Cous cous? What is it? Is it a grain or is it some kind of rice? Cous cous is actually a type of pasta that is made from semolina flour. Semolina is the hard part of the wheat grain that resisted being ground from the primitive medieval millstones. Originally, cous cous hails from North Africa, but is found and eaten all over the world today. There are many different varieties of cous cous, but here in the United States, the most popular types are either the white or the whole grain varieties. Cous cous is pasta that is shaped into tiny granules of semolina pasta that are made from two different sizes of husked and crushed unground semolina. There are a couple of theories on how the name came about. One theory is that it is a word derived from the Arabic word kaskasa, which means to pound small. Another theory is that it is derived from another Arabic word, kiskis, which is the name for the type of steamer that is used to cook cous cous. The French translation for the kiskis is couscousi. We may never know the answer to this question. What I do know is that I love cous cous. We eat it quite often, usually with a Mediterranean or Greek dish. Cous cous looks like rice, but is much healthier than rice. It contains a lot of protein, with about 6 grams per serving in the regular type and about 9 grams in the whole wheat version. It is also loaded with selenium, containing about 66% of the daily recommended amount in one serving. Cous cous also has about half the calories that rice has, making it very friendly for dieters who are trying to cutback on their caloric intake.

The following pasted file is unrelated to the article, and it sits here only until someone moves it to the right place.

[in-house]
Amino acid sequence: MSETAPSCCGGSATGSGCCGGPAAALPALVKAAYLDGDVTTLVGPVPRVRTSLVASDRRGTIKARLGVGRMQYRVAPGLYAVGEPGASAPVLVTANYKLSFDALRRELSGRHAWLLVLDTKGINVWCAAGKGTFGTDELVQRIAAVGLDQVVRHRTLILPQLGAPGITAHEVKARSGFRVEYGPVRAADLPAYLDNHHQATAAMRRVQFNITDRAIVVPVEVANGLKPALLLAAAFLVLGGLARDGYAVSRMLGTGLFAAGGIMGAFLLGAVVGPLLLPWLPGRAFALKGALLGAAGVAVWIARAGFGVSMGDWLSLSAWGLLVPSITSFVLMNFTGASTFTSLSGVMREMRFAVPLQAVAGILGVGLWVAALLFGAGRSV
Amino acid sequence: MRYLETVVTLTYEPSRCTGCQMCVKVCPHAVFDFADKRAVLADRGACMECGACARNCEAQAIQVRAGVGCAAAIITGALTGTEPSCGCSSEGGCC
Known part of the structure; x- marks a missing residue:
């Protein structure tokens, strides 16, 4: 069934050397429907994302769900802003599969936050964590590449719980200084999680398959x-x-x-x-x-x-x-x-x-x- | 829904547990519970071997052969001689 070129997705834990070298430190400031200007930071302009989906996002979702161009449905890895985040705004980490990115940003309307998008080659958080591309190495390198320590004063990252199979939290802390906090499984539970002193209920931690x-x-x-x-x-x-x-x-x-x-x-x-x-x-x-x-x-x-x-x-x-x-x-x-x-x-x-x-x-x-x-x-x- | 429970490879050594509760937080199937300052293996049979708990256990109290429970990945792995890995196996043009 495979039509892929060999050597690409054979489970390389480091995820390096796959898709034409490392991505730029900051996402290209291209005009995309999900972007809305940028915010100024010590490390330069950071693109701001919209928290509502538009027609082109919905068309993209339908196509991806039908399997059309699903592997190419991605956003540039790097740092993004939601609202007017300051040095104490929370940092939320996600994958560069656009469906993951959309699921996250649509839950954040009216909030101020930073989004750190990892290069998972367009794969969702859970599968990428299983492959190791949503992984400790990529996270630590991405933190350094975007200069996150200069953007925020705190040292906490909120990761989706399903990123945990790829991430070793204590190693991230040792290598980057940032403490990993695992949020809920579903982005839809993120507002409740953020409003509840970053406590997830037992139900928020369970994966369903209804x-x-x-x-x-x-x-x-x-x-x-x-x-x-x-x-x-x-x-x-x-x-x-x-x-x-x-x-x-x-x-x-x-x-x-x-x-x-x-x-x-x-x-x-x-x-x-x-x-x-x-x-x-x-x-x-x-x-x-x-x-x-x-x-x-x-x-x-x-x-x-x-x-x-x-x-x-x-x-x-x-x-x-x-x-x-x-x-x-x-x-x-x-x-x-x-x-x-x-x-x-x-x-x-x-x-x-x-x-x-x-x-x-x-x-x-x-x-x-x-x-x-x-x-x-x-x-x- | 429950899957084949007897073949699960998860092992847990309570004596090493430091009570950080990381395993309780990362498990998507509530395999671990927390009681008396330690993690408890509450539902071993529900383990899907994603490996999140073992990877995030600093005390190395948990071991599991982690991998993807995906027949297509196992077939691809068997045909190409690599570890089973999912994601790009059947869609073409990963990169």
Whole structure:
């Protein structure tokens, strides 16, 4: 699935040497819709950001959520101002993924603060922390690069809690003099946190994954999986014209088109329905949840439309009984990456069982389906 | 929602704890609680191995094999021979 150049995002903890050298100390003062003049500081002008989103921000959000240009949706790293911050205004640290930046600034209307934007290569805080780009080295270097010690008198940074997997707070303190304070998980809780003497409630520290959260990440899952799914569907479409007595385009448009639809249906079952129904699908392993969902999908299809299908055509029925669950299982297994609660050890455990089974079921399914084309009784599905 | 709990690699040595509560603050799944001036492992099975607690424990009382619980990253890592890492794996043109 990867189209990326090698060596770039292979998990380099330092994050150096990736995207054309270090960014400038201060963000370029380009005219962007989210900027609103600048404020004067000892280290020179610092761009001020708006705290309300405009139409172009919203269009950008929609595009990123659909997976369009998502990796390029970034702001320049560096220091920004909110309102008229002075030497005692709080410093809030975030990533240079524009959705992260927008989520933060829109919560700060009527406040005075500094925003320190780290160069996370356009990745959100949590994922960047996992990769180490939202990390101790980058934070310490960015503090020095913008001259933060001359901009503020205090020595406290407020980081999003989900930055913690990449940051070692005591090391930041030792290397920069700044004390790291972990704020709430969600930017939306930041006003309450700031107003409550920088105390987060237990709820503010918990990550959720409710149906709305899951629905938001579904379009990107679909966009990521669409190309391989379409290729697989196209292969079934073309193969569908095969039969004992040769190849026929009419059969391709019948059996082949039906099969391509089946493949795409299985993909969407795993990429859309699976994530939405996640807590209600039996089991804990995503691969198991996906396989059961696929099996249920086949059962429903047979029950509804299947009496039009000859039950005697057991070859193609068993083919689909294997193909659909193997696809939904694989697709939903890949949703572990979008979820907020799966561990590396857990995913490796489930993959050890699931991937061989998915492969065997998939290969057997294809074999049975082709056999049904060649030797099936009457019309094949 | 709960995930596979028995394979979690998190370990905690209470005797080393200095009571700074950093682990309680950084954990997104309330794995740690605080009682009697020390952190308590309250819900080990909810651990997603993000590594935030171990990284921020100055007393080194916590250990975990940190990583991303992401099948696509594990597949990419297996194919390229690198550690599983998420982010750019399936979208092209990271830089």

I was a little pressed for time last night when making dinner, so I needed something that was quick and easy. I went “Greek” and made a lemon, herb yogurt marinade for chicken, and served it alongside my lemony cous cous and a mixed baby green salad. Chardonnay was the wine choice. A crisp white was the perfect choice to accompany the meal.
Lemony Cous Cous
1 12/ cups cooked cous cous
1/3 cup toasted pine nuts
1/4 red onion, diced very fine
1 1/2 TBSP garlic
1 tomato, diced fine
salt & pepper to taste
1 bunch parsley, chopped fine
1 TBSP lemon juice
1/3 cup olive oil
Traditionally, cous cous is steamed in the kiskis, but I boil the water with a tsp of salt and 1 TBSP of olive oil, then I turn off the heat and add the cous cous, mix it up and let it soak up the hot water. It is almost a 1:1 ration of water to cous cous. Too little water and the cous cous will be dry and too much will make it mushy.
Once the cous cous is cooked, I added all the rest of the ingredients and combined everything well. You can eat it cold, warm or hot. It is good at whatever temperature you like it. You can easily eat it on its own or mix it with shredded chicken. It is great as both a side dish or a meal, especially when the chicken is added. If you want to make tabbouleh, the recipe is the same, except the dish is primarily parsley, with less cous cous.
A very healthy Greek meal. Lemon-herb-yogurt marinated chicken, that I grilled and topped with more of the lemon-herb-yogurt sauce, served with lemony cous cous and a salad of mixed greens and a piece of pita bread. Very little fat, and a ton of protein.